Laurie Spiegel – selected by Matthew Bumbach
Laurie Spiegel (b.1945) is a computer graphics specialist who has worked at Bell Laboratories since 1973. She is also a classical composer, guitarist, and lutist. Spiegel has found a way to combine her passions through the medium of electronic music both as a composer and as a programmer. Though she is a well-known composer and performer, she is most celebrated as the creator of the program Music Mouse.
Music Mouse is an “intelligent” algorithmic music composition software. With a built-in knowledge of chords use, scale conventions, and stylistic practices, the software allows the user to create real-time compositions by simply moving the mouse. Spiegel has used the software for several compositions, including Cavis muris (1986) and Sound Zones (1990).
Laurie Spiegel’s revolutionary work in the field of technology has led to countless innovations. Her influence as a composer and performer, however, has propelled electronic music forward at warp speed. While science, technology, engineering, and mathematics (STEM) profoundly impact our world, Laurie Spiegel’s ground-breaking career illustrates the potential impact of arts integration (STEAM).
Kiley Westergaard – selected by Karen Westergaard
Without even knowing it, we rely on scientists for information in our everyday lives. We take products, and our scientists behind the scenes, for granted. Behind the scenes, a female scientist tests and labels our products, ensures they are safe, quality products for us to use. She’s behind that nutrition label on your food products. At her lab, she tests for the protein, the fat, the fiber, all the items on your nutrition label. She then generates the product nutritional label so that you know what you are consuming. For instance, those trending seltzers right now? She’s testing each seltzer and creating the nutritional label for each. Ever wonder how long a certain food lasts before it becomes rancid? She’d know. She tests products for that too. That’s why you have the convenience of product expiration labeling. Worried about consuming products with GMOs? She’s got that too. She tests products like corn and soybeans to determine if they are genetically modified. She’s the reason you can find products labeled non-GMO. Worried about your food containing traces of chicken, beef, pork, alligator, kangaroo, goat, or rabbit? With meat speciation, she tests to ensure the product that reaches your home is safe to consume and is labeled accurately. Ever think about who’s behind the scenes? Scientists like you. Scientists like Kiley Westergaard, Chem ’19, SD Mines.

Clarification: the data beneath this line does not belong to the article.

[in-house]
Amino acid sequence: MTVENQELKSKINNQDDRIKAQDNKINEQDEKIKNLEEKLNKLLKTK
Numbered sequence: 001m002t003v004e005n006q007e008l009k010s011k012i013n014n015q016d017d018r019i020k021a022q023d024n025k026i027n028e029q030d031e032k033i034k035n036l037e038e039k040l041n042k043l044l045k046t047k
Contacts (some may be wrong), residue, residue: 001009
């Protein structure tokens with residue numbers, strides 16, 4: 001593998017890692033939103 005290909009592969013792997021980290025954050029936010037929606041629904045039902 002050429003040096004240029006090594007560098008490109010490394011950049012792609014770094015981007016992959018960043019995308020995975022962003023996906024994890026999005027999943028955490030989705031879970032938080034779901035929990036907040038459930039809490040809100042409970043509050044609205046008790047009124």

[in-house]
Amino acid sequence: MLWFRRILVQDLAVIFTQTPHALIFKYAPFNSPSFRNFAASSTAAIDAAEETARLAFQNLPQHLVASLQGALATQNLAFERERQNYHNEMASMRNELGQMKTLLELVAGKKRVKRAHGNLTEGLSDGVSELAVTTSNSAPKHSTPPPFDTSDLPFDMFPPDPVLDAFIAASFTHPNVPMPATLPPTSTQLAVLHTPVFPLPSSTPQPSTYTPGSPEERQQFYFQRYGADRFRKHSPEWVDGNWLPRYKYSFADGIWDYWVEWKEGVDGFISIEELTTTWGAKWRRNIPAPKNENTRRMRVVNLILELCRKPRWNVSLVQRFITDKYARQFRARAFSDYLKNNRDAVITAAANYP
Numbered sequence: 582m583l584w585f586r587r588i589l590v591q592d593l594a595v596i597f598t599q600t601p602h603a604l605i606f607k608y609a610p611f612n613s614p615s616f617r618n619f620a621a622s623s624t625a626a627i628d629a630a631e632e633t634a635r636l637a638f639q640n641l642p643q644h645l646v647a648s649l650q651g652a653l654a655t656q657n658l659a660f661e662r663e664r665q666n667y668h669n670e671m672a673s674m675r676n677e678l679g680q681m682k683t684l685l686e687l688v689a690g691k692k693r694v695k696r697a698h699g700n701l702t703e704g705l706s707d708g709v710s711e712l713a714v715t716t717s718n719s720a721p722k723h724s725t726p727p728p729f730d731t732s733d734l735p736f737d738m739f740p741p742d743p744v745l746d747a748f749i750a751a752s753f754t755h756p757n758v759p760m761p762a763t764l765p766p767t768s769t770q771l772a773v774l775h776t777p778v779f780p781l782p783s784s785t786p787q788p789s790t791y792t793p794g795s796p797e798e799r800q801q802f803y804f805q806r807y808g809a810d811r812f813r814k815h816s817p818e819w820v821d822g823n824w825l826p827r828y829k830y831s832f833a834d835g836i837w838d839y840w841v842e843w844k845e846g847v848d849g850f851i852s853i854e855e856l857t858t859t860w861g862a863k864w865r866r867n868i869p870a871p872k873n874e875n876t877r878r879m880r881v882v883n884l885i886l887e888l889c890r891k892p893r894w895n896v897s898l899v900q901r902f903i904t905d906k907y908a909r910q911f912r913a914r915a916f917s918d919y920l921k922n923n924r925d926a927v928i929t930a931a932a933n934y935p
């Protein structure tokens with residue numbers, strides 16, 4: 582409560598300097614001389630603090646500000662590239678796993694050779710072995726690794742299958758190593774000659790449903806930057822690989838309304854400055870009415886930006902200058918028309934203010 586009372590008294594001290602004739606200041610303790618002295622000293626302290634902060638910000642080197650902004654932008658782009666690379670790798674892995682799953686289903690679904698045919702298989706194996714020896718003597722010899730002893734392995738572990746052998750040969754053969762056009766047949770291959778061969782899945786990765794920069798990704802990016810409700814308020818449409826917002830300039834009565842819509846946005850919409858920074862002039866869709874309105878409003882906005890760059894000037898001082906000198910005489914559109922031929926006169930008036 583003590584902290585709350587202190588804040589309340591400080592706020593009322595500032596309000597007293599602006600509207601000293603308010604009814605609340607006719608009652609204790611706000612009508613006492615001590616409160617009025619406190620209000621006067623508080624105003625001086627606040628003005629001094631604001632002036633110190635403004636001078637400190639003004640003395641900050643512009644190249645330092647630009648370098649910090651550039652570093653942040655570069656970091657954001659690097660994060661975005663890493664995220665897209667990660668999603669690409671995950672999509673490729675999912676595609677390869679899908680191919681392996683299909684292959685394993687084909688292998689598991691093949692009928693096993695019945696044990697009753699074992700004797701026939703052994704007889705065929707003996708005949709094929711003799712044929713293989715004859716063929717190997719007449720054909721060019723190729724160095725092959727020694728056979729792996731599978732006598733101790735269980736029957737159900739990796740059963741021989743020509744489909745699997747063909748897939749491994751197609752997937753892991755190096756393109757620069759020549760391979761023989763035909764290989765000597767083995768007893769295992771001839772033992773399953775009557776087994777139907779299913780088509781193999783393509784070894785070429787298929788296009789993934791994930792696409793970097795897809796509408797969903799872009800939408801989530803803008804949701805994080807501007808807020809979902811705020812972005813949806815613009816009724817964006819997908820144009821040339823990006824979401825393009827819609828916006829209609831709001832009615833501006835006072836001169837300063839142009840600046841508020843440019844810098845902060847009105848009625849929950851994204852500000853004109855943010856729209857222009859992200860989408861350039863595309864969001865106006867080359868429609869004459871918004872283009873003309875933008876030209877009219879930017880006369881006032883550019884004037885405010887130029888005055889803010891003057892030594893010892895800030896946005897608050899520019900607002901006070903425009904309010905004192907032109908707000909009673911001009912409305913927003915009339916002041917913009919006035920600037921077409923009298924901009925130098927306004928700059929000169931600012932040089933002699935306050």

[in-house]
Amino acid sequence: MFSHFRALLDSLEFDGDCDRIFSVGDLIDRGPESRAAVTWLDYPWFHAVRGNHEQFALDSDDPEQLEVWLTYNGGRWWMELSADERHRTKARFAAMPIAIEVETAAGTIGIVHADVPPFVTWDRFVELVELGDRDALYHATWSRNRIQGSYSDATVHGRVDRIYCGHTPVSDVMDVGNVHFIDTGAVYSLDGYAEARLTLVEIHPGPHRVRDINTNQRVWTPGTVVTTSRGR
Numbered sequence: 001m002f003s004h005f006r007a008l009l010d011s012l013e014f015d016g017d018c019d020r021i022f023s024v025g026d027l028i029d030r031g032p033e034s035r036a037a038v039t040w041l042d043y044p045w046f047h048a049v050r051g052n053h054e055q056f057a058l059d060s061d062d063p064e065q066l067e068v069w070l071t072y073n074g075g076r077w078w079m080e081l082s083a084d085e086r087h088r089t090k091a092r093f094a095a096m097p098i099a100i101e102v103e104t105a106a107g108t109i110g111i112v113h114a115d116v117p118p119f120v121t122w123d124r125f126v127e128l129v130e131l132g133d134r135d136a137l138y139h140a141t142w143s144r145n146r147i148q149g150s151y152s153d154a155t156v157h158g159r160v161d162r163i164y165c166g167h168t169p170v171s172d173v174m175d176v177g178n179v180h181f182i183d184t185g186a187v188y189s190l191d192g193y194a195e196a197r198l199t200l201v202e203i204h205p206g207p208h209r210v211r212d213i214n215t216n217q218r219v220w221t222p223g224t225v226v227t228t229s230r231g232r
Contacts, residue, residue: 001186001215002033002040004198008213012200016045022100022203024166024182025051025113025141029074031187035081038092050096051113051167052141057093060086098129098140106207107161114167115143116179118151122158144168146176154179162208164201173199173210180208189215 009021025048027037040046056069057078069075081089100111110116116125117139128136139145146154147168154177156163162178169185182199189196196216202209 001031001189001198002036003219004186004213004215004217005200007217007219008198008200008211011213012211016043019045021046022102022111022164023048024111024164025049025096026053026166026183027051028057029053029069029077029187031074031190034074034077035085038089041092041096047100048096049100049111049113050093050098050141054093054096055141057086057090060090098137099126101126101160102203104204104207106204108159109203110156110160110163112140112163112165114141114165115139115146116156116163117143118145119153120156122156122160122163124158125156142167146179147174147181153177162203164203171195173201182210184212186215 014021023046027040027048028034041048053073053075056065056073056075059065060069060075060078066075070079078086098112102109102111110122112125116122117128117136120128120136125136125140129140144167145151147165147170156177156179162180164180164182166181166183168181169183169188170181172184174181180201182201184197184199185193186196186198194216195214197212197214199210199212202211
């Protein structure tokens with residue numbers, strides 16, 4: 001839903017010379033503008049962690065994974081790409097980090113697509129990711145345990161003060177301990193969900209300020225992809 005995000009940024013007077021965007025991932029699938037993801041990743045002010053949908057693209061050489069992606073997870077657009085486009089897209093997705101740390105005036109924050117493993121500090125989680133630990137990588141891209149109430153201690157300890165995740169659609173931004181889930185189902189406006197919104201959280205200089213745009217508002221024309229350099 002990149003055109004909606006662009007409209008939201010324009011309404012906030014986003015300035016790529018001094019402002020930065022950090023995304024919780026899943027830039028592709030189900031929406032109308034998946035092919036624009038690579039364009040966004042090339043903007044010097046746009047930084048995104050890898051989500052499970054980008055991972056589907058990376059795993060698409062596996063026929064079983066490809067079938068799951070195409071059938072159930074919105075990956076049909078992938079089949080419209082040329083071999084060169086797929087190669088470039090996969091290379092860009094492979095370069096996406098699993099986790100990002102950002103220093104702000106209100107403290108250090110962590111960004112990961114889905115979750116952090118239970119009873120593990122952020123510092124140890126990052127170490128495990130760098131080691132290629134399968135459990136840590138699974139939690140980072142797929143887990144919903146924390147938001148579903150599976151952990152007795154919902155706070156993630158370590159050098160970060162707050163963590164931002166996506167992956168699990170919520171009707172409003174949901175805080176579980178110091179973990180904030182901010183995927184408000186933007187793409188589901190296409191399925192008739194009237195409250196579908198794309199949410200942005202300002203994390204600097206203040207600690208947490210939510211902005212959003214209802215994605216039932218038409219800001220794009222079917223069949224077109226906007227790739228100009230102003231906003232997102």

If you missed them, check out our first and second entries in this series, too!
The 2021 Student Art Show at South Dakota Mines has just concluded and, while it may have gotten less attention than previous years, it was a great success. With over 50 submissions, the works demonstrated the wide variety of talents our students have. The show consisted of paintings, drawings, crochet, photography, sculpture, beadwork, mixed media collage, blacksmithing, and musical performances.
Over the last month, people who were able to visit the APEX Gallery in person had the opportunity to vote for their favorite piece.
Here are the results of our Viewer’s Choice Awards:
Congratulations to our winners and a big thank you to all who participated! And if you weren’t able to visit the Apex Gallery to see the show, you can check it out in this walkthrough video!